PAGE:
The most difficult application of ring modulation has always been on the stage. But EHX has stepped up to the task by including an automatic tuning function, accessible via footswitch, that sets the pitch of the ring mod’s carrier wave to your instrument’s pitch. With this function, you can use the heavily modulated effects of a ring mod without sacrificing the ability to create emotive and discernable melodies. Less than a second after stepping on the Preset/ Tune footswitch, the Ring Thing has already detected your pitch and set the carrier wave accordingly. And get this—if you hold down the footswitch the Ring Thing will track your pitch as you change notes, constantly resetting the carrier wave. This produces some spectacular digital artifacts that make the pedal even better suited for performance and improvisation.

Yet another way to control the Ring Thing’s carrier wave is via a ¼” expression pedal input. Did I mention that the Ring Thing is also a polyphonic pitch shifter? The Pitch- Shift setting yields some pretty epic pitch changes within an enormous four-octave range (two up or two down).

One Ring to Rule Them All
The fun part of the review came, as always, when I put the Ring Thing between my Gibson SG and some tubes. In ring modulator mode, the Ring Thing offers endless ways to transform your instrument into a bell or chime of any size and shape. These are the classic ring mod sounds, and they are executed beautifully. Dialing in the best tone to work with your riff is simple, and pulling back the Blend knob really lets that processed signal interact in complex ways with your unprocessed playing. The Filter knob is a great feature because it allows you to tame some of those unnatural high frequencies that often accompany ring modulation synthesis.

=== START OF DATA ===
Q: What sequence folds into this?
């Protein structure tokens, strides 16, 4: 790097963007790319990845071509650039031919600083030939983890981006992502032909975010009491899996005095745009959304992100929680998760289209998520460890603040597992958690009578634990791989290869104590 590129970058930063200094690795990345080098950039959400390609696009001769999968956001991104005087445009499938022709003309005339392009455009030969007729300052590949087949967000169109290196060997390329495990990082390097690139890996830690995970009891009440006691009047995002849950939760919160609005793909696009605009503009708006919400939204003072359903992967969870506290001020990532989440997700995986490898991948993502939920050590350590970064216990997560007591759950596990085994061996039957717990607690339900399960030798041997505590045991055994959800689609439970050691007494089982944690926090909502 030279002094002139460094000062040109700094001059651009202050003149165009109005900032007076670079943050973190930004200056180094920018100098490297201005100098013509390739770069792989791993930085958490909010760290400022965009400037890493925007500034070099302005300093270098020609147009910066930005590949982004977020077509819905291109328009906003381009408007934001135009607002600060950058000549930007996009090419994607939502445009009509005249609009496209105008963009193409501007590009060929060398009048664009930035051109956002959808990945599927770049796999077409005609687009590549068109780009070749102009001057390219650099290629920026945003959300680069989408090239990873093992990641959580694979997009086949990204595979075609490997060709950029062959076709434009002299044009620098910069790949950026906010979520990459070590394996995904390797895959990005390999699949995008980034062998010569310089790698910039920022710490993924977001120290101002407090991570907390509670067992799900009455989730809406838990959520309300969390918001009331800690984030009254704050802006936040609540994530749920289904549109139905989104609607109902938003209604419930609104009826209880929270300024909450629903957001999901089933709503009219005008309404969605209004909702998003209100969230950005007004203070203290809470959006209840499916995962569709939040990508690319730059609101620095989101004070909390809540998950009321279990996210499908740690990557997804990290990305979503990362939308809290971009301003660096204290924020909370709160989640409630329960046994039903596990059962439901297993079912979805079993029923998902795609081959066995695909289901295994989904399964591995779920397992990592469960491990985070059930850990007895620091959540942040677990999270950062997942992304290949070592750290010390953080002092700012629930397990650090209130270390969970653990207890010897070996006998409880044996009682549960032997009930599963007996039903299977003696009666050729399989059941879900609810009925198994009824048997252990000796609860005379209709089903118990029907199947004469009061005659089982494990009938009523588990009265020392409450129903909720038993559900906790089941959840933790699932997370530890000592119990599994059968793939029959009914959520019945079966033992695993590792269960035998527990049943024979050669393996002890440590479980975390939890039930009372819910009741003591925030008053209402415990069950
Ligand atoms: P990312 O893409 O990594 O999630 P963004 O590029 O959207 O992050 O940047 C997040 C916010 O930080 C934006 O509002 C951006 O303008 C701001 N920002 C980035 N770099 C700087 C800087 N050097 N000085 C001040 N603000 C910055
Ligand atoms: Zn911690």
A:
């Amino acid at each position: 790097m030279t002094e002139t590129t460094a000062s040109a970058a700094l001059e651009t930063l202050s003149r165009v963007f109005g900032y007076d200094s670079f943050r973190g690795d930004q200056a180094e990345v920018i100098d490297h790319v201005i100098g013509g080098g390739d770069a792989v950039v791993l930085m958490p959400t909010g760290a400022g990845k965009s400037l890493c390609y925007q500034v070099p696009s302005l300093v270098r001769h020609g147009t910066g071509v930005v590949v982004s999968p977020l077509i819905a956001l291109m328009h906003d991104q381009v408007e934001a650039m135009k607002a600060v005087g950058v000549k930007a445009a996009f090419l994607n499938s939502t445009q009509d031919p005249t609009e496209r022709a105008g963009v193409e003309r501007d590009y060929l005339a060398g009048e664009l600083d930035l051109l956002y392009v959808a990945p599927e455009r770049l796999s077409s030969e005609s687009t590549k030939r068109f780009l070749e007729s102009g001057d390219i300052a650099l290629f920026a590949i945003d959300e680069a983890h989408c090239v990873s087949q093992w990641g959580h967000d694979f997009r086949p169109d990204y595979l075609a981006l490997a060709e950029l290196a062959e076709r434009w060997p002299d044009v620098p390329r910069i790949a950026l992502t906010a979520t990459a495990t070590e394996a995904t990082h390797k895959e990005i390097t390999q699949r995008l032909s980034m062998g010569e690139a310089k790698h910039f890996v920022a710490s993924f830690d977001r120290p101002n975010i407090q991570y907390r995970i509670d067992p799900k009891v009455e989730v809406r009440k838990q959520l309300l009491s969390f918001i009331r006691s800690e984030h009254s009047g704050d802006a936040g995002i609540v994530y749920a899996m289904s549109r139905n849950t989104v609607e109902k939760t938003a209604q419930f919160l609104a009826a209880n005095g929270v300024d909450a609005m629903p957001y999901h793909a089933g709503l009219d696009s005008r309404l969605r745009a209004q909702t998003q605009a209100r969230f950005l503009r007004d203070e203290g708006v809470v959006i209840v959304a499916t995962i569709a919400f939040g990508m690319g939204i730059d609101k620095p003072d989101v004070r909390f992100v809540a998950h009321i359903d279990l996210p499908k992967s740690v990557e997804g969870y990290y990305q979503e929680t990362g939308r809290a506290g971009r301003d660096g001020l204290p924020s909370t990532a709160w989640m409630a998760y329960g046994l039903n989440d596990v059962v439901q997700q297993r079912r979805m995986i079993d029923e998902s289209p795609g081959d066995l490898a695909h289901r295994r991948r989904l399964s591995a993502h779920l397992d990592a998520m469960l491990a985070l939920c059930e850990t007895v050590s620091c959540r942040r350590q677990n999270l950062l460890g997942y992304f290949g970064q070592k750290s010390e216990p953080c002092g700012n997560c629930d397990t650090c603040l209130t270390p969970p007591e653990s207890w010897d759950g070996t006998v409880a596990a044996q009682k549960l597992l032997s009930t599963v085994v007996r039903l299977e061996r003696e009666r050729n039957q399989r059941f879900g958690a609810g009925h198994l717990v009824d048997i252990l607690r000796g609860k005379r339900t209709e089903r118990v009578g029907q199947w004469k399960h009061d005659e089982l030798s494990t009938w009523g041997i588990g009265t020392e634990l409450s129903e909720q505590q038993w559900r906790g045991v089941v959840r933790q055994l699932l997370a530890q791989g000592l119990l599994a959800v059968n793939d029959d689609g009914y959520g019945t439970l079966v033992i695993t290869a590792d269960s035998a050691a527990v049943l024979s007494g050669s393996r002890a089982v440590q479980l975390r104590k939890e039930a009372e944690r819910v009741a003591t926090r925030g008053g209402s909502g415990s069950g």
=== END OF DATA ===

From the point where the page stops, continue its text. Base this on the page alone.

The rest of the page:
I’ve always loved 8-bit music from 1980s gaming consoles, so I spun the Wave knob fully counterclockwise to the square wave setting. The square wave is what gives you that unmistakably digital, bit-reduced sound—as if you’ve plugged your guitar into an old Commodore 64 computer. Rotate the Filter knob clockwise, and you let all the high frequencies through—what you hear is that buzz-saw digital fuzz distortion that’s all the rage amongst hobbyist pedal builders. The blend of dynamics with this fuzz is pretty striking, and it really inspired me to play as I would through any good amp.

To test the Ring Thing’s tremolo abilities, I switched to the upper sideband setting, dialed in a sine wave, cranked Blend fully clockwise and slowed the speed of the undulations way down. Simple, unmistakable tremolo. Because the speed of the tremolo is determined by the Coarse knob, you can control the speed with an expression pedal. Tremolo happens when your volume is being modulated with a slow cycle anywhere from about 2Hz up to about 15Hz. The range on the Ring Thing is 0 Hz to over 2,000 Hz. And specs like that make the Ring Thing stand out in a crowd.

The Final Mojo
EHX has a long history of developing tools that intersect the guitar and synthesis worlds. Their experience in these areas makes them particularly well positioned to offer guitarists inspiring but practical products like the Ring Thing. To that end, players looking to experiment and broaden their tonal horizons need look no further than this pedal. Even those who already own an expensive analog ring modulator might find themselves preferring the Ring Thing, because it’s so versatile you can’t help but come up with wild new ideas for songs, solos, and more. And really, what else matters?
Buy if...
you want a timeless ring modulator with a wide range of tonal possibilities.
Skip if...
you have no interest in bastardizing your tone in glorious ways.

MSRP $210 - Electro-Harmonix - ehx.com

Post a comment to this article